PART II - CONTRIBUTION OF COMMUNITY POLICIES TO COHESION
9 Energy policy
Access to reasonably priced energy essential for cohesion
In addition to liberalisation of markets, the major aspect of EU policy
is support for improvements in the distribution network, to increase the
availability of supply in peripheral regions, in particular. EU finance
has, therefore, contributed to the construction of high-tension electricity
lines and of gas pipelines as part of the trans-European Networks, to
increase the possibility of trade in energy between Member States and
to provide access to natural gas to regions where this energy source does
not exist. Accordingly, assistance has been provided under the REGEN and
INTERREG II programmes to help improve infrastructure in Greece, Spain,
Portugal and southern Italy in order to increase the chances of consumers
there benefiting from a single market.
These measures are aimed at reducing regional disparities in access to
energy and prices. The establishment of a single market in energy should
further help in this respect, by stimulating more trade and competition,
especially in peripheral regions where monopoly suppliers tend to be more
prevalent, and so pushing down prices.
The reduction in prices brought about could benefit the cohesion countries
disproportionately, since their energy use in relation to GDP, though
it has fallen in recent years, remains above that in the rest of the Union.
This is specifically the case for Greece and Portugal, where consumption
relative to GDP is some 40% above the EU average, reflecting the composition
of economic activity, though to a major extent inefficiencies in the use
of energy. Nevertheless, the economic development of these countries in
particular, involving, as it is likely to, increased industrialisation,
will almost certainly necessitate increased energy consumption and, therefore,
stands to be assisted by lower prices. At the same time, it is important
for environmental reasons, in particular, that any reductions in price
which occur do not lessen efforts to improve energy efficiency.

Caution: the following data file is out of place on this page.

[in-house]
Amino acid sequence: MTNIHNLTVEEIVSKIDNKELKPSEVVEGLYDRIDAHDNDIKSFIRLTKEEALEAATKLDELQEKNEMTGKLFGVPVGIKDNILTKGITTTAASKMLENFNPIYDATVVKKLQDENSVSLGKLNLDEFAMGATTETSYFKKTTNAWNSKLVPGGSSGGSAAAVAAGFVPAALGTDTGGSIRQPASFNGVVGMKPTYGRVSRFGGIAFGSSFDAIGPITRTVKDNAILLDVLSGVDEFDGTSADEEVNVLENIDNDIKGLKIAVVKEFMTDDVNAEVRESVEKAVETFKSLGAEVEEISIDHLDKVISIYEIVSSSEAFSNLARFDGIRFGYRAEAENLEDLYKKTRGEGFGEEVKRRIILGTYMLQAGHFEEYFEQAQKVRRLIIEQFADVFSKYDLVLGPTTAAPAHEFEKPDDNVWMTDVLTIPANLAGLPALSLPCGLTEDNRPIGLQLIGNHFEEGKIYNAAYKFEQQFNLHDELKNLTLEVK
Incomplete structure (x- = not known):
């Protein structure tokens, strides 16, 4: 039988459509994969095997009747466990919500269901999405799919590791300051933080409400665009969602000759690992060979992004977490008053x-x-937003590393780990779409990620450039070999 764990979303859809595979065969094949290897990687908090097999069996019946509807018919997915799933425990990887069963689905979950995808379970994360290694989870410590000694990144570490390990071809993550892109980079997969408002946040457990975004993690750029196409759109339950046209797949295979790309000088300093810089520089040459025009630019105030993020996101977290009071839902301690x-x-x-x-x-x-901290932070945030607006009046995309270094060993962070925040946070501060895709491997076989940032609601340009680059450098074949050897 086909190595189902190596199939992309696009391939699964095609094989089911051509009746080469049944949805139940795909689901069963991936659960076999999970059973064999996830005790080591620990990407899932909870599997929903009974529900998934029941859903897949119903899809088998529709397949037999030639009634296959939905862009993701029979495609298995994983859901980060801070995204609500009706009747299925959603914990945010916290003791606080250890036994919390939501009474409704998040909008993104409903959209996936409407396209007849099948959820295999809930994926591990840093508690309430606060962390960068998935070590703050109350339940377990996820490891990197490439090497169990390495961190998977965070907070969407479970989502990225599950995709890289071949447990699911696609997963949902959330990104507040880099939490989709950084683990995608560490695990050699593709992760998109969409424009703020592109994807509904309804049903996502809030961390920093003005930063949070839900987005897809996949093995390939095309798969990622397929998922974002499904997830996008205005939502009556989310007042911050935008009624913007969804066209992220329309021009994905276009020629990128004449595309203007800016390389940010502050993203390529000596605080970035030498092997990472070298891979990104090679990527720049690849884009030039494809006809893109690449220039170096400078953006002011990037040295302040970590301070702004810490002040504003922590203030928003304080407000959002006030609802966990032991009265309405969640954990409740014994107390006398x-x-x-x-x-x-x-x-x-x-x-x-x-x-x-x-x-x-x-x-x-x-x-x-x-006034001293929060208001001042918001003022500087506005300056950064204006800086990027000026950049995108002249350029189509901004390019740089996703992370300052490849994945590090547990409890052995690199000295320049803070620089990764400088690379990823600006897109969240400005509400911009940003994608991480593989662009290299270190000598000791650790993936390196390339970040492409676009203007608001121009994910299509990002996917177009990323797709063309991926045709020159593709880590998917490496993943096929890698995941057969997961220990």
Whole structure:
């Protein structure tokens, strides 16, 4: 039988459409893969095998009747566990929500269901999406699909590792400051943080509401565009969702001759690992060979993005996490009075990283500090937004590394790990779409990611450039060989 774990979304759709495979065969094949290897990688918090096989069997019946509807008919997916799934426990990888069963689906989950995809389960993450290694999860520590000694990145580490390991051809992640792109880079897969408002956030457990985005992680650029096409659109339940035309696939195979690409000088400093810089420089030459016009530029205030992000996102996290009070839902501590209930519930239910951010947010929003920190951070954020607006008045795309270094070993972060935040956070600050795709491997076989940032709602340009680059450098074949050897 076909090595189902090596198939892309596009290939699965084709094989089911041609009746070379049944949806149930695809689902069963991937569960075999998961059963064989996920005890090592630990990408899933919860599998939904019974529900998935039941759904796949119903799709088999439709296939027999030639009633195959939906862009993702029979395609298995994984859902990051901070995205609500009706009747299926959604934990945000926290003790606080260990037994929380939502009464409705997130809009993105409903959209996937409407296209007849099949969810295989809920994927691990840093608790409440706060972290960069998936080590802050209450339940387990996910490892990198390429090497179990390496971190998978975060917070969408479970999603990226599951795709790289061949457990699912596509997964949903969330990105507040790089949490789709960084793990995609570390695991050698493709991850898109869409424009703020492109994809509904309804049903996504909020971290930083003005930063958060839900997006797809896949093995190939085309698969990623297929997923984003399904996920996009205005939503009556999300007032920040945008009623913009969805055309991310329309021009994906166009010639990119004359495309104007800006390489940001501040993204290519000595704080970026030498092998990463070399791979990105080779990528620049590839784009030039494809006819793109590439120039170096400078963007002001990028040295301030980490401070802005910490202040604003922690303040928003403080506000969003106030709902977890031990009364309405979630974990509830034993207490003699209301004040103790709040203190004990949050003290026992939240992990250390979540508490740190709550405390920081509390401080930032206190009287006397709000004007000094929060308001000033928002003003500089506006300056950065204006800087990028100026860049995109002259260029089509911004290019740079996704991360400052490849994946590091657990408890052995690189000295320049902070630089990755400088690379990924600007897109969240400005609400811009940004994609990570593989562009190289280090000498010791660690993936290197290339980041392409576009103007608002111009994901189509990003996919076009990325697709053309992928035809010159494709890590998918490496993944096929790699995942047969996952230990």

The scale of the effect of moving to a single energy market on the energy
price differences, which at present exist across the Union is, however,
hard to predict, especially since taxes of one kind or another (excise
duties, value-added tax) represent a significant, but highly variable,
component of the price of fuel in all countries.
The net reduction in energy prices from the establishment of a single
market should benefit most consumers, including many poor households.
There is no certainty, however, that prices will come down for everyone.
In particular, those living in more remote communities, especially islands,
where the cost of providing supply is relatively high, will not necessarily
benefit from lower prices and might even see prices increase as these
come to reflect more closely the true costs of provision. Increased competition,
in itself, is unlikely to help much in this respect. Accordingly, the
case for the incorporation of universal service provision guarantees in
legislation, to ensure that everyone has access to affordable fuel, is
a compelling one. Without such provision, there is a danger that a single
market could lead to a widening of disparities in society and damage social
Increasing security of supply
The EU's dependence on imports of energy is set to increase in future
years as North Sea reserves begin to run down. Dependence on imports varies
greatly between Member States, as do the measures adopted (mainly regulatory